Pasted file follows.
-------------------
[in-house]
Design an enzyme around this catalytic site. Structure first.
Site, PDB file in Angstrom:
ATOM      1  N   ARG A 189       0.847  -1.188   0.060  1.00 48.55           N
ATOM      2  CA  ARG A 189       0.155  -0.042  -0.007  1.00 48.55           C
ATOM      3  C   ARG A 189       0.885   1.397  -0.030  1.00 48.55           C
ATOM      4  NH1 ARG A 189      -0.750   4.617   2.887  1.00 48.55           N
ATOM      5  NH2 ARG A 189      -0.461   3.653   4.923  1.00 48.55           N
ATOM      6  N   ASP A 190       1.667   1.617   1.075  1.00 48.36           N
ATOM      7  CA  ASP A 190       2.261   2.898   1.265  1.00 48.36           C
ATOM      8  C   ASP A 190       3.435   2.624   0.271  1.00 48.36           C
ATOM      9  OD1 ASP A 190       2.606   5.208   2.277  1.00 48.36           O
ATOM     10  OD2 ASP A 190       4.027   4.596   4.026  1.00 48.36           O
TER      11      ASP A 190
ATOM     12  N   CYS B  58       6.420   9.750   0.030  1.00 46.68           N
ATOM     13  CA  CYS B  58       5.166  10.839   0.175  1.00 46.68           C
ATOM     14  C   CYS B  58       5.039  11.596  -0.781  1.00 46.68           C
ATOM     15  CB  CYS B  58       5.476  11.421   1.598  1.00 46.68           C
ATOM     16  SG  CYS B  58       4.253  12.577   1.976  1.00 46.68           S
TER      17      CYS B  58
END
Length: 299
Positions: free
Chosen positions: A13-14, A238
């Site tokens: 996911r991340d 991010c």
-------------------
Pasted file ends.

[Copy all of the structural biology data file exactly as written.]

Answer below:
[in-house]
Design an enzyme around this catalytic site. Structure first.
Site, PDB file in Angstrom:
ATOM      1  N   ARG A 189       0.847  -1.188   0.060  1.00 48.55           N
ATOM      2  CA  ARG A 189       0.155  -0.042  -0.007  1.00 48.55           C
ATOM      3  C   ARG A 189       0.885   1.397  -0.030  1.00 48.55           C
ATOM      4  NH1 ARG A 189      -0.750   4.617   2.887  1.00 48.55           N
ATOM      5  NH2 ARG A 189      -0.461   3.653   4.923  1.00 48.55           N
ATOM      6  N   ASP A 190       1.667   1.617   1.075  1.00 48.36           N
ATOM      7  CA  ASP A 190       2.261   2.898   1.265  1.00 48.36           C
ATOM      8  C   ASP A 190       3.435   2.624   0.271  1.00 48.36           C
ATOM      9  OD1 ASP A 190       2.606   5.208   2.277  1.00 48.36           O
ATOM     10  OD2 ASP A 190       4.027   4.596   4.026  1.00 48.36           O
TER      11      ASP A 190
ATOM     12  N   CYS B  58       6.420   9.750   0.030  1.00 46.68           N
ATOM     13  CA  CYS B  58       5.166  10.839   0.175  1.00 46.68           C
ATOM     14  C   CYS B  58       5.039  11.596  -0.781  1.00 46.68           C
ATOM     15  CB  CYS B  58       5.476  11.421   1.598  1.00 46.68           C
ATOM     16  SG  CYS B  58       4.253  12.577   1.976  1.00 46.68           S
TER      17      CYS B  58
END
Length: 299
Positions: free
Chosen positions: A13-14, A238
């Site tokens: 996911r991340d 991010c």